My best friend's daughter will be leaving on Jan. 7th. She serves in the 228th Forward Support battalion. Her mother shared a story with me last week, and I found it to be very touching. It seems that her daughter went out shopping with 2 of her friends that will also be deployed. They were looking to purchase a lap top computer to take with them. They went to a Circut City and naturally, they were approached by a salesman who asked if they needed any assistance. They told the salesman what they were looking for, and joked about being shipped out to Iraq, asking if they could get a discount on the computers. The salesman asked his manager, who said the best he could do for them would be a rebate. After awhile, they made their selection, and a customer who had been standing nearby, told the salesman that he would be buying the laptops. He purchased all three of them. A random act of kindness. A blessing. It was something he could do, and wanted to do. An individual way to show support.
So, one persons act of support has inspired me to see what I can do. If anyone out there in blogosphere has any suggestions for links etc. feel free to email me with information that I can pass along.
There has not been to much time for fiber works lately. Most all of my projects are ready to be wrapped and I am looking forward to some nice cozy down time after the holidays to devote to new project ideas. There is a basket of Icelandic Wool sitting hearthside. It is carded up and ready to spin. I can hardly wait to get to it.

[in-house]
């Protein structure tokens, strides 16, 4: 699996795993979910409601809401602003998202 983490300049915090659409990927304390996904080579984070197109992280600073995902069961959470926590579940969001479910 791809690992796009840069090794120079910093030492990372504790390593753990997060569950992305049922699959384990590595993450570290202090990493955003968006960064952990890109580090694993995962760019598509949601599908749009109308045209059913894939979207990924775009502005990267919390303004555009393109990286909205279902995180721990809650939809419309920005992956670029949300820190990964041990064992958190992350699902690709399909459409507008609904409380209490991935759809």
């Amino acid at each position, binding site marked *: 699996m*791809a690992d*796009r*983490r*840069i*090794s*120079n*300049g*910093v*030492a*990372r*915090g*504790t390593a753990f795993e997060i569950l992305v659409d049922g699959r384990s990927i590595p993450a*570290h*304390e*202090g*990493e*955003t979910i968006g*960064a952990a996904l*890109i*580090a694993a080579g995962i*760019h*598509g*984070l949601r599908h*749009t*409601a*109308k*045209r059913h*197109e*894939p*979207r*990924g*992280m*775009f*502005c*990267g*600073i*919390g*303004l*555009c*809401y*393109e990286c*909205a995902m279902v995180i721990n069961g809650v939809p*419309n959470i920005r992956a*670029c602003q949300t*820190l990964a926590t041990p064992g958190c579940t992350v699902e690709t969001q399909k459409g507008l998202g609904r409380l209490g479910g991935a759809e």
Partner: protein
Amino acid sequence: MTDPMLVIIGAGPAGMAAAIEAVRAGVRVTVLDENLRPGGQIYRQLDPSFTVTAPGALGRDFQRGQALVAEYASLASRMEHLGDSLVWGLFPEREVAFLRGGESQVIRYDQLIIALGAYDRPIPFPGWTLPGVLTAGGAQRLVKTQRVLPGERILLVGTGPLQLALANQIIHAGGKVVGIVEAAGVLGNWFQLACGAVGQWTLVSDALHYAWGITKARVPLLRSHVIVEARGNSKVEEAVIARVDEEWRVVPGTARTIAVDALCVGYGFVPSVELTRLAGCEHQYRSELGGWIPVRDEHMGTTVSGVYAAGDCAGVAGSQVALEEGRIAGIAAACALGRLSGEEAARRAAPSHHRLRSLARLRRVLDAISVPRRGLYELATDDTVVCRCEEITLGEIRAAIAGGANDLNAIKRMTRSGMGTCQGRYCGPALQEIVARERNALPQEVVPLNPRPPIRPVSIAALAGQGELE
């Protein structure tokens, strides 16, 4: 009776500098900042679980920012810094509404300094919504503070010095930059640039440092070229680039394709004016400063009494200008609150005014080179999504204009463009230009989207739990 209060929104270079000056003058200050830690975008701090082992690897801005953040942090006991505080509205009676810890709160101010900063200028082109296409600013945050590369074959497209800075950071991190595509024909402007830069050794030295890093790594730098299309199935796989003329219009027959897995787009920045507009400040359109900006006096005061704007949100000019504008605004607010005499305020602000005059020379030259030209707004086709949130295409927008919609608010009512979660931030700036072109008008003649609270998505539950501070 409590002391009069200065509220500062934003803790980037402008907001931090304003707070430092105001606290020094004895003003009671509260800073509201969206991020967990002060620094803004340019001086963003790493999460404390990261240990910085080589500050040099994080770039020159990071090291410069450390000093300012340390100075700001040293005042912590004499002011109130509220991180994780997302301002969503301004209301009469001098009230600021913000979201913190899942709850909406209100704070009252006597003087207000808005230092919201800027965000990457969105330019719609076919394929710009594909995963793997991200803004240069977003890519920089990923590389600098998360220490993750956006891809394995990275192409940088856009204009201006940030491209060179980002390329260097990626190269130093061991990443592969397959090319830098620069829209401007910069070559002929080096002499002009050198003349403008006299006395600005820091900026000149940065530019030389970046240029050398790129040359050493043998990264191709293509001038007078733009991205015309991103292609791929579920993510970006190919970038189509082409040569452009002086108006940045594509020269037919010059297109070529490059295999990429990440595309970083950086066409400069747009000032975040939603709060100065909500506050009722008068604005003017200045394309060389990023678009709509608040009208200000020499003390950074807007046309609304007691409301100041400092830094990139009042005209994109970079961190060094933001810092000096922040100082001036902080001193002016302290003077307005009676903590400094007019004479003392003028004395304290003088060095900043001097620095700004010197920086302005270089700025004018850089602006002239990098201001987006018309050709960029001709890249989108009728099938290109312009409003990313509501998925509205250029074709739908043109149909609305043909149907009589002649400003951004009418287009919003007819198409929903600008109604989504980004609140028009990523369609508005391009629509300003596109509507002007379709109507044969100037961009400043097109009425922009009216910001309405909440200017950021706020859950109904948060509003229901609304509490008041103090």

Big cold front moving into our area tonight...burrhhhrrrr! Extra flakes of hay for rabbits and chickens, and an extra blanket for every bed! Stay warm.
Sunday, December 05, 2004
or never say never again!
The spring of 2003 was the last time I had chicks in the house. I promised myself that I would not do this again, mainly because of the mess they make. Not so much the manure part, because that can be managed easily enough...no, what I object to is the dropping of the down feathers. This happens when the chicks are about 5 or 6 weeks old, and they begin to get their pin feathers. At this time the down feathers drop out and fly around the house like little milk weed seed on the breeze. There is a very fine white dust that accompanies this process, and it is something that I have noticed, but I don't know what it comes from. I think I probably don't want to know. That is why I said I would never raise chicks inside again. They belong outside.